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Mini Gastric Bypass

Single Anastamosis or One Anastamosis Gastric Bypass (OAGB)
All these names refer to the same basic operation. Anastamosis means join.

Surgery

Surgery is performed under General Anaesthesia using laparoscopic (keyhole) techniques through 5 small incisions in the abdomen.

The stomach is divided into a long thin pouch, and then a loop of bowel is brought up and joined to it.  Digestive juices travel without food to act on until they come to the loop up at the stomach.  Food digestion only happens in the lower part of the small intestine.  The surgery is simpler and safer than the Roux en Y but the incisions are the same.  A potential disadvantage is that if ‘reflux’ occurs it will contain some digestive juices that can damage the oesophagus.  It is therefore not ideal for patients with severe reflux, nor for smokers. Around 1 in 50 patients will need follow-up surgery for reflux.

This surgery is increasingly performed as it has less problems of obstruction and acid reflux than a sleeve, with more powerful weight loss and diabetes control.  Like all bypass procedures, there is a need to take multivitamins long term and to have blood tests a few times per year.

This is the operation of choice for non-smokers with Diabetes or a BMI more than 45.

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How does weight loss occur with Gastric Bypass?

The most important way weight loss occurs is through a substantial and prolonged decrease in appetite.  There are powerful hormones produced when food is diverted away from the first part of the small bowel and delivered into the lower small bowel.  These hormones are powerful suppressors of the appetite and also counteract insulin resistance associated with type 2 diabetes.  Meal sizes are reduced by the small pouch of stomach.

Prior to Surgery

You will need to be on an ‘Ultra-low Calorie Diet’ before surgery.  Optifast is taken for 2 weeks to replace ALL meals.  If you feel you MUST have something else, then it needs to contain very few calories.  (Salad or steamed vegetables without dressings or oil for a ‘treat’). Check with the nutritionist.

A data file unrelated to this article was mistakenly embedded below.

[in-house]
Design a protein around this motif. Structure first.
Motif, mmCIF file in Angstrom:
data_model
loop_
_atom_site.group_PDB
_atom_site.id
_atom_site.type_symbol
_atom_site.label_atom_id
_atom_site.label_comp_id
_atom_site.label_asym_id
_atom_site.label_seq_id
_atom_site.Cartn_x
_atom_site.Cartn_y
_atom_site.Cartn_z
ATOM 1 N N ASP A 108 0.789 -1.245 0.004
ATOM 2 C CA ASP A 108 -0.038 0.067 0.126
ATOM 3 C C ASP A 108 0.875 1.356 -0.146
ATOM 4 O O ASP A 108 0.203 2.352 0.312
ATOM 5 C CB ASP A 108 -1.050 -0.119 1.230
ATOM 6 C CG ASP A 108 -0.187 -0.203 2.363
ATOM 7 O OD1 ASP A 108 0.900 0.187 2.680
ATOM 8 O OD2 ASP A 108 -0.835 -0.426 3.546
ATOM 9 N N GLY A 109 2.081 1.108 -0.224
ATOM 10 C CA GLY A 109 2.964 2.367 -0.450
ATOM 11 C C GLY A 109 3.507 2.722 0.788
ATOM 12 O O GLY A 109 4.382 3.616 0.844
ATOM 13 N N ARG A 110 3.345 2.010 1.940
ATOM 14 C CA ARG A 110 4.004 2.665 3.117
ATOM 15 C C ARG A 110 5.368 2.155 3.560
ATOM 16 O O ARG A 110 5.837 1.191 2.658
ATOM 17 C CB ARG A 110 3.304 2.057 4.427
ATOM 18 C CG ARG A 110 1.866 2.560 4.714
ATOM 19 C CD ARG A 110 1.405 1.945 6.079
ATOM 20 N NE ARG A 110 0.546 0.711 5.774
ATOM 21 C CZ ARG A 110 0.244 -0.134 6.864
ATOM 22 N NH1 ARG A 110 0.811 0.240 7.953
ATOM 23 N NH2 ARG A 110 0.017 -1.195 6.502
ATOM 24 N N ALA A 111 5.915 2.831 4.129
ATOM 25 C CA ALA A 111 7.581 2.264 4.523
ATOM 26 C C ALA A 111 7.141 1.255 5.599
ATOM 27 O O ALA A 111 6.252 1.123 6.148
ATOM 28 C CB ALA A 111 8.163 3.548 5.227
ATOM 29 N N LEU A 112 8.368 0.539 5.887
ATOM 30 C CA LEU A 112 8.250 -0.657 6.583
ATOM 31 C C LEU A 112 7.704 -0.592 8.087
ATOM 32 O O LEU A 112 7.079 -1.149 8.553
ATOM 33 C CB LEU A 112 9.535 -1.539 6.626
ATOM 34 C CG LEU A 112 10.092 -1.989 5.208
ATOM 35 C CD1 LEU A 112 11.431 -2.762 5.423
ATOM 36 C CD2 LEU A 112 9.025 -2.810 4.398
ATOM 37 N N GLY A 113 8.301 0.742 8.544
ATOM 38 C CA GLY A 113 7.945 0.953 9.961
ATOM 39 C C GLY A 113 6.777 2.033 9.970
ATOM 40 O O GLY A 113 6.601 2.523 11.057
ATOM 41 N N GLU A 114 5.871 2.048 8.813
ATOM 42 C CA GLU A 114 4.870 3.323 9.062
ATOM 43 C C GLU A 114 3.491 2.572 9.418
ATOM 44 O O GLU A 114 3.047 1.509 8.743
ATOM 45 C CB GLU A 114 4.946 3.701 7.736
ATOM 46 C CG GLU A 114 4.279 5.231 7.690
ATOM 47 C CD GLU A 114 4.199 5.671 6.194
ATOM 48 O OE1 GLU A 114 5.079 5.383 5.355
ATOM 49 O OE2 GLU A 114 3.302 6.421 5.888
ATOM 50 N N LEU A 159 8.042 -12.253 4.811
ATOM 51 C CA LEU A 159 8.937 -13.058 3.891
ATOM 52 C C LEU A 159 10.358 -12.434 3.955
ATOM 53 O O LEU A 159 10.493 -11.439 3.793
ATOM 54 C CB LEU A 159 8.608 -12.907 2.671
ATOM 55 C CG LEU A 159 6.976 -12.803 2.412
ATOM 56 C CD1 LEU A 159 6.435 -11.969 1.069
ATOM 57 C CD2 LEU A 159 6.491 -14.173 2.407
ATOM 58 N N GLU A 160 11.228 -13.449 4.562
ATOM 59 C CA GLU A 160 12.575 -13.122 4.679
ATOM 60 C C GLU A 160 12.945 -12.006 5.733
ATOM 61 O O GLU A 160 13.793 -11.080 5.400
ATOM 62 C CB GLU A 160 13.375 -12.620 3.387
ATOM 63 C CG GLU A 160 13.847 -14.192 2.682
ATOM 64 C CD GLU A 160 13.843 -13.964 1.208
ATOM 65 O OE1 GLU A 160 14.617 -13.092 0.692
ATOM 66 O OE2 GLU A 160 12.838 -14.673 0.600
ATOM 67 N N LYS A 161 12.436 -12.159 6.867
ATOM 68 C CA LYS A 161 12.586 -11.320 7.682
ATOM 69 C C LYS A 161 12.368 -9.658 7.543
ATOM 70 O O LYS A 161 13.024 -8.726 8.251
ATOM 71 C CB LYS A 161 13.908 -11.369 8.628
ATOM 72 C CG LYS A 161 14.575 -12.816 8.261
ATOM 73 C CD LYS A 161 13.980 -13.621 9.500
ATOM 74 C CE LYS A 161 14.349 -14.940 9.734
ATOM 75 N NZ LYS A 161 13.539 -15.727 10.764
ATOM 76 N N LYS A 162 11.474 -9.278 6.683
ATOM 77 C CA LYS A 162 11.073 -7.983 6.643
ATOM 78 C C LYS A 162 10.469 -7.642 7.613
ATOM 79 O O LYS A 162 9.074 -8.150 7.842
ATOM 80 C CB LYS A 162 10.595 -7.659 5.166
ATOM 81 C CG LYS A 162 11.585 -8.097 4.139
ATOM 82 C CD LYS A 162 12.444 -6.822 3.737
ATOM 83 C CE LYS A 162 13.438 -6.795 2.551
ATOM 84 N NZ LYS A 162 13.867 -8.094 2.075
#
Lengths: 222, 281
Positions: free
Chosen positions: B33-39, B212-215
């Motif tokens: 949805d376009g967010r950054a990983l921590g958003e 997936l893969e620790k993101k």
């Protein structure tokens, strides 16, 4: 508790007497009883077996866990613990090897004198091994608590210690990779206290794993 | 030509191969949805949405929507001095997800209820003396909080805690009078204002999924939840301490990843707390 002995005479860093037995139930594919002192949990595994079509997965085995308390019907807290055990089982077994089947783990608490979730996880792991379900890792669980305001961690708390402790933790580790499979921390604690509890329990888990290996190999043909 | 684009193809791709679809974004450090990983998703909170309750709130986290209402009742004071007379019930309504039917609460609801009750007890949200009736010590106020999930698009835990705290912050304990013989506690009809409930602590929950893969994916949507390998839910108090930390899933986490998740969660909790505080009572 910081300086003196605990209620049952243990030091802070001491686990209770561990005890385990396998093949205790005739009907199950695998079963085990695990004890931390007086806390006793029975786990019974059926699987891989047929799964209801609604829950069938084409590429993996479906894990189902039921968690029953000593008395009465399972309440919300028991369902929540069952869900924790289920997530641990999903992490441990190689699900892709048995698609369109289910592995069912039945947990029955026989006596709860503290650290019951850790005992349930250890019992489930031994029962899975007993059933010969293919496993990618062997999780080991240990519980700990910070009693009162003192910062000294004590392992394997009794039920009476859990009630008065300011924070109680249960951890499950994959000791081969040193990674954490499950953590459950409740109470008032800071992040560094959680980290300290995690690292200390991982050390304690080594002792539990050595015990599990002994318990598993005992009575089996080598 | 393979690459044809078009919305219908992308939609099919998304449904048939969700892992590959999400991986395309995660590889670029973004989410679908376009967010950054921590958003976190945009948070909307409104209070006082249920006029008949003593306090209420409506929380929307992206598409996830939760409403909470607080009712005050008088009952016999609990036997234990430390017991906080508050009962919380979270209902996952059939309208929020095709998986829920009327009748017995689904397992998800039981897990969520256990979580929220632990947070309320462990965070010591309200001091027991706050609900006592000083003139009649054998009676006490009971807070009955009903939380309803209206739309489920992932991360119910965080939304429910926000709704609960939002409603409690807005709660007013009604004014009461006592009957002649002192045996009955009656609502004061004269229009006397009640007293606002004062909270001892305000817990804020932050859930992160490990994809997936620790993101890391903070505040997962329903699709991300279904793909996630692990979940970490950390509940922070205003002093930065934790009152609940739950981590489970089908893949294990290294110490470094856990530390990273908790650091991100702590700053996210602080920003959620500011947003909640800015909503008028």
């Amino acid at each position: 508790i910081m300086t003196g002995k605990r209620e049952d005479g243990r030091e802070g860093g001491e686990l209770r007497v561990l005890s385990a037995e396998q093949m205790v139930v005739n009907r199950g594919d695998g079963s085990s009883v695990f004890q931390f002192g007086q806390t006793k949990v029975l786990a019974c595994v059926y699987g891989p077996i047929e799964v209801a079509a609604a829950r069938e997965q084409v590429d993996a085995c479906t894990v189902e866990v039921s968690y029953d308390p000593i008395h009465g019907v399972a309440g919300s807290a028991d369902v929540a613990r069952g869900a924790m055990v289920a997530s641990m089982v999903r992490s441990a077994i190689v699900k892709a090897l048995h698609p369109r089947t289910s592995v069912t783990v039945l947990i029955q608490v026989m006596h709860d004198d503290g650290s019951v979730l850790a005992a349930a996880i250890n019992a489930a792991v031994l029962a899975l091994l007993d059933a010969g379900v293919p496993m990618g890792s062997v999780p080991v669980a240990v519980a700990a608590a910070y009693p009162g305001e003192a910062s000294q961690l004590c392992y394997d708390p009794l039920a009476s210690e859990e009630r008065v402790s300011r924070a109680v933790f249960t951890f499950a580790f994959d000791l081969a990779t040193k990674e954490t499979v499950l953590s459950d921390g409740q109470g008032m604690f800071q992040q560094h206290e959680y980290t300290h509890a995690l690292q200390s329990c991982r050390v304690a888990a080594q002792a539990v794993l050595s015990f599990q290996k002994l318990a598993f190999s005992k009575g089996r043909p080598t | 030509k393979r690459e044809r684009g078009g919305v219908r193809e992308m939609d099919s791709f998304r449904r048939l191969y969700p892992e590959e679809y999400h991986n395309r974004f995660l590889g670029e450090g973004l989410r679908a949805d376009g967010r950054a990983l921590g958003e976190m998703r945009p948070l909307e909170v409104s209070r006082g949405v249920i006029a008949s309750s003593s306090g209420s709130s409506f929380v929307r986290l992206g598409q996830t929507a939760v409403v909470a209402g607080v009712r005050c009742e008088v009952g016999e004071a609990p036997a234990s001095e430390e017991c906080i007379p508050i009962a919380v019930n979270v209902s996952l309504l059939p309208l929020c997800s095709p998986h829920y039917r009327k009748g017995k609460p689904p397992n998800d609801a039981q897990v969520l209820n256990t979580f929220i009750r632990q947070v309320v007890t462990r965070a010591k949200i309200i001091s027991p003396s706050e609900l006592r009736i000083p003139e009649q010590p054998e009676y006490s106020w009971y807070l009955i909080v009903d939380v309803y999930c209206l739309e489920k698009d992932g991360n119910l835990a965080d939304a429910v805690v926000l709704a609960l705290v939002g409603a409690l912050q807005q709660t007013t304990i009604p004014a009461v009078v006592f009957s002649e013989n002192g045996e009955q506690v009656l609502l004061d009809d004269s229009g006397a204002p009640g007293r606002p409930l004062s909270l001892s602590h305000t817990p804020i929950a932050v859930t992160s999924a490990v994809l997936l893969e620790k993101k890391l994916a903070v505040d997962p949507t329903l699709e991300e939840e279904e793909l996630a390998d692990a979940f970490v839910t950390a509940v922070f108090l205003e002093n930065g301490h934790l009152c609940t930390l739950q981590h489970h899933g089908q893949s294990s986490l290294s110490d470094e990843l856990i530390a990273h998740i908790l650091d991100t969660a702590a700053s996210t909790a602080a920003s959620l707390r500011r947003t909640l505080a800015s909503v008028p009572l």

The usual stay in hospital is 2 post-operative nights.

Following Surgery

Day 1-4: Fluids that could be sucked through a thin straw.

Day 4-7 :  thick fluids progressing to puree.

Week 2:  Soft food like mash or scrambled eggs.

Week 3+: Gradual introduction of chewable food.  Make sure you get enough protein.

Potential Complications of Gastric Bypass

Thankfully, serious/major complications are rare, but nonetheless they could occur. 

  • Leak: This is a rare complication that can occur early on. It is a failure of surgery or staples (rare) or a failure of healing.  Leaks can occur at the join or on the staple line itself. Managing a leak may require further procedures, or even surgery, to get it fully healed.

  • Stomach Ulcer: This is an erosion that occurs near the stomach join that can cause bleeds, narrowing or perforation.  It is a problem mainly in smokers.  It may mean taking anti-acid tablets, or occasionally further surgery

  • Reflux Oesophagitis: This is usually experienced as Heart Burn. Reflux after a Single Anastamosis Gastric Bypass is rare (as opposed to Sleeve Gastrectomy), but when it happens it can be severe, and 1/50 will need conversion to a Roux-en-Y Gastric Bypass.

  • Obstructed eating/nausea and vomiting: A rare complication of weight-loss surgery is persistent nausea or vomiting.  The problem is usually investigated (and fixed) by endoscopy and balloon, but further surgery could be required if there is a physical problem such as a narrowing that does not respond.